Warriors' forward Simon Mannering has ruled out the prospect of a players' boycott of the upcoming Rugby League World Cup.
Australian media raised the possibility last week of a strike during the World Cup, which starts on October 27, in light of the continuing inability of the Rugby League Players Association and the NRL to come to an agreement on the new collective bargaining agreement.
The NRL's new broadcasting deal, believed to be worth more than A$2 billion, comes into force next year but there is still no deal on how the proceeds will be split, with the two parties said to be tens of millions apart.
The Daily Telegraph reported last week that a Cup strike has been discussed informally between the RLPA and players, but Mannering poured cold water on the idea and said he would never contemplate such an action.
"No, no way," said Mannering. "And I am sure if you talk to a lot of other guys that wouldn't as well. I definitely don't see that happening and definitely won't be supporting it."
Mannering agrees the players need to fight for a better deal, but says the World Cup would be the wrong target.
"I don't know who has tossed that up," said Mannering. "I don't think that is the way to go about it, striking at a World Cup.
"The NRL has nothing to do with the World Cup. The World Cup is a totally separate entity and the only thing that will hurt are the guys that are at the lower end that get a chance to play for their country and play [in the] World Cup. There are other ways we can try and get our point across."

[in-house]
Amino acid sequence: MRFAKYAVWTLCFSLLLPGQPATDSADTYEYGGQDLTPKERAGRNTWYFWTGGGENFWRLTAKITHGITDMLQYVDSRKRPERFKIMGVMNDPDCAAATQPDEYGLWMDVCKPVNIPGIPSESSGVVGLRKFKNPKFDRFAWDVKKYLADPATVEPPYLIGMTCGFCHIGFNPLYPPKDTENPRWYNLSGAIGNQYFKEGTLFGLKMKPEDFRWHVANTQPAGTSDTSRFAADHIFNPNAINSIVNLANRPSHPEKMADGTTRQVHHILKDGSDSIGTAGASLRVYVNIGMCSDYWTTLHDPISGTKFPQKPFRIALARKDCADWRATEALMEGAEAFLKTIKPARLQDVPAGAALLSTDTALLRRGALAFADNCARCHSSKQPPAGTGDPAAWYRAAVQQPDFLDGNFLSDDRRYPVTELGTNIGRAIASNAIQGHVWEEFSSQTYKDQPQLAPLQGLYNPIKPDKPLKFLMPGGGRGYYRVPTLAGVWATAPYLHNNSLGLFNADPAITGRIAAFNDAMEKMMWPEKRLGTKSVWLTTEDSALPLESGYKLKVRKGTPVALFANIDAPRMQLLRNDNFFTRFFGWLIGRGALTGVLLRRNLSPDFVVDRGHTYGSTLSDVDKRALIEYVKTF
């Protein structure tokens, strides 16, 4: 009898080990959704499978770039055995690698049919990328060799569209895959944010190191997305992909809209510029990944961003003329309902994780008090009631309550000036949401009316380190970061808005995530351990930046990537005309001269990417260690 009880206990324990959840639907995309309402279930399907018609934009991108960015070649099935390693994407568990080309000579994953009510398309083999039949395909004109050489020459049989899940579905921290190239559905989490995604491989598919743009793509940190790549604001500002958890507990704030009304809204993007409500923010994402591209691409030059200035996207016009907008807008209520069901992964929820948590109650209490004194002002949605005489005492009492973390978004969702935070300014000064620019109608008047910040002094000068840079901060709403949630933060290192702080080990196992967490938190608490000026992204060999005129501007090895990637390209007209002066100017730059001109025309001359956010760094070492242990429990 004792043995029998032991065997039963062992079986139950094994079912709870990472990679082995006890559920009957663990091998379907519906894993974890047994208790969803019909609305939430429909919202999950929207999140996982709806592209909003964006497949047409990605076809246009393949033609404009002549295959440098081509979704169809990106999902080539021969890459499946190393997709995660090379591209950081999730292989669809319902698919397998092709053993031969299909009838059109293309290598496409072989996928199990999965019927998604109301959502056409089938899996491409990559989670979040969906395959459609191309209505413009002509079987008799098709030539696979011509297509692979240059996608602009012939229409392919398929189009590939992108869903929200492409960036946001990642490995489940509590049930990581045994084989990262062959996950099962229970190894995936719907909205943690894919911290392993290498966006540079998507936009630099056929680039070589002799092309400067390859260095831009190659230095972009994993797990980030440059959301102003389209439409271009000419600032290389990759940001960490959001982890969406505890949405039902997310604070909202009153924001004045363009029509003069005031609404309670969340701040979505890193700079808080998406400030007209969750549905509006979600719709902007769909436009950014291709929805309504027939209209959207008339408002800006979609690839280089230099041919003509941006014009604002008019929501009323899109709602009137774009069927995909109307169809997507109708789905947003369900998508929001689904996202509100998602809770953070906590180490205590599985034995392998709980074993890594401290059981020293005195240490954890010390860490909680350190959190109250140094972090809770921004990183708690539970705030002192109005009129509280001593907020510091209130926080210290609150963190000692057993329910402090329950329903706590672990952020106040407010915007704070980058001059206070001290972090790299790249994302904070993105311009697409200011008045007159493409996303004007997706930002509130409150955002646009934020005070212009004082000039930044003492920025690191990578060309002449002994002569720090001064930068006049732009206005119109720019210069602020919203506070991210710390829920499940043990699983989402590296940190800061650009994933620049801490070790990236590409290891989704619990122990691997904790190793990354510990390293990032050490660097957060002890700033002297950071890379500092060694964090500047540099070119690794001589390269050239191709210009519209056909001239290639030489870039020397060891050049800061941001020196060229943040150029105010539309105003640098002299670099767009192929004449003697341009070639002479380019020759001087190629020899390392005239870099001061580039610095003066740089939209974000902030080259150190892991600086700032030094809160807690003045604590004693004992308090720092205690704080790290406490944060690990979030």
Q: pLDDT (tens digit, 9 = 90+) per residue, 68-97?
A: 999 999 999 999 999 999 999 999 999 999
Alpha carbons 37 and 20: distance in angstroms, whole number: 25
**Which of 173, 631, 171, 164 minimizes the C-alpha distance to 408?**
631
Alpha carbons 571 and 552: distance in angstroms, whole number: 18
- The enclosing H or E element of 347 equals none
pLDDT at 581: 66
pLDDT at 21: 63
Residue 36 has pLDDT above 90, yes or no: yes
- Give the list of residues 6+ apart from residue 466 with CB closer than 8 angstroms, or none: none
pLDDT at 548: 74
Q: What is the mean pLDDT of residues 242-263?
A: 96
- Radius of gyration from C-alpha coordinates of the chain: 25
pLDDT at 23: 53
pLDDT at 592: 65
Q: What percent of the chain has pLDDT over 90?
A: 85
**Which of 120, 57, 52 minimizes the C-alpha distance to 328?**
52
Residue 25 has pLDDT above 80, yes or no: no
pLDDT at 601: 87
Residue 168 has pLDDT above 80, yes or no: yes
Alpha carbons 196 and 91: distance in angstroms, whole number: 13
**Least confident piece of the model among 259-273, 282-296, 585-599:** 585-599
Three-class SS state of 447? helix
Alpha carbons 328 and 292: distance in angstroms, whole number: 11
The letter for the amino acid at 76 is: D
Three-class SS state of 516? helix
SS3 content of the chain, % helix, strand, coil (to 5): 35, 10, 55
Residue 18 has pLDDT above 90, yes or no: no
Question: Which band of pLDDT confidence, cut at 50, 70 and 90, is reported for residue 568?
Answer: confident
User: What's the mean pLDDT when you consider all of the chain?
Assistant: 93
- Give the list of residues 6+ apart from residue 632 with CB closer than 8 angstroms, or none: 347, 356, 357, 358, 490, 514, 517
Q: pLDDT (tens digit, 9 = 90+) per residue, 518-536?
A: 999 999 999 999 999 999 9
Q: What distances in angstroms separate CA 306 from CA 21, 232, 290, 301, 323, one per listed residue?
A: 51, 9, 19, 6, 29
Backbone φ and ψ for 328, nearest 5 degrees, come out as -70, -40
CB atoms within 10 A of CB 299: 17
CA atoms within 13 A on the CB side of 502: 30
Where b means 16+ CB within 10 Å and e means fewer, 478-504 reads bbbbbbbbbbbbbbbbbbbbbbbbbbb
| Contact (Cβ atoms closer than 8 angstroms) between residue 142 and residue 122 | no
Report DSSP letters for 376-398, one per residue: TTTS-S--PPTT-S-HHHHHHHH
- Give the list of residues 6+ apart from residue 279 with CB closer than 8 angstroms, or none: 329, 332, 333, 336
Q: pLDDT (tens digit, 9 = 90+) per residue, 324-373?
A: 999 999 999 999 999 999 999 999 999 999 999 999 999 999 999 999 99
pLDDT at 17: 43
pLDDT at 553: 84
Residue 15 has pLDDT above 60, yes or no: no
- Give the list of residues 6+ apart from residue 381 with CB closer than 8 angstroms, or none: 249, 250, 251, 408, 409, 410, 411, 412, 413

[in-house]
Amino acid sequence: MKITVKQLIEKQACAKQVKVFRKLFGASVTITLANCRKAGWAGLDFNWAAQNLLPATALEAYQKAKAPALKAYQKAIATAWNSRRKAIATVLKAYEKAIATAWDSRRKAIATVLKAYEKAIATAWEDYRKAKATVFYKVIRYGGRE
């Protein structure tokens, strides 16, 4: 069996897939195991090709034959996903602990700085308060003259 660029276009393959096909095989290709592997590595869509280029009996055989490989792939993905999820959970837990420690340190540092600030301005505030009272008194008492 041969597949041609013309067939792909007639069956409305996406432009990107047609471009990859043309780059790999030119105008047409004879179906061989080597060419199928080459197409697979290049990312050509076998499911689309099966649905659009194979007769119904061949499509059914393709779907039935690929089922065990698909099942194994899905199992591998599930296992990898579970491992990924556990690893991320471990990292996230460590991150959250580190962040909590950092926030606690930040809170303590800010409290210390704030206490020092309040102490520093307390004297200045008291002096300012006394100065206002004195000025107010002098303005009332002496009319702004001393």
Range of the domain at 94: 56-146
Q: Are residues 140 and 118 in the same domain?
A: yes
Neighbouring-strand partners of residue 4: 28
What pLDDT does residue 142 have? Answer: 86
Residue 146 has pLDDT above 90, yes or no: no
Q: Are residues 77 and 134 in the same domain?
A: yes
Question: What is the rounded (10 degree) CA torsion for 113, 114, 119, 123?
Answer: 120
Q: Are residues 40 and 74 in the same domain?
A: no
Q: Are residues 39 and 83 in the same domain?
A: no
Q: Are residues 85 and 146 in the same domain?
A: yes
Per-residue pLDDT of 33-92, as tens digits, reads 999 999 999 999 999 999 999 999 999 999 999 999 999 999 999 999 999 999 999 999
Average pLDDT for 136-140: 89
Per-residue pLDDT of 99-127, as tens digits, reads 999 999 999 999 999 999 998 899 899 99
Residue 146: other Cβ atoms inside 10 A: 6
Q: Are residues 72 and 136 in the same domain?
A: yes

However, Mannering added that he is fully supportive of the RLPA's drive to gain a more equitable deal for its members, especially those on the lower rung of the NRL ladder.
"They don't get a fair share [but] that's where the minimum wage is at," said Mannering. "At the moment there are 25 players [under the cap] but I don't know if you could name one club that has 25 players full time. It's more like 35 at least."
"From a players' point of view it's not about trying to get as much out of the game financially as we can - it's more about supporting the guys who are trying to build a career in this game."
"The guys down the lower end, who struggle to support their families. There are a lot of guys weighing up; should I play rugby league or can I go and get a job that pays a lot more?
"It's about looking after those guys, [and] looking after guys after footy, away from the field. It's not about being greedy or trying to get as much financial benefit for guys at the top end. It's about looking after the game as a whole."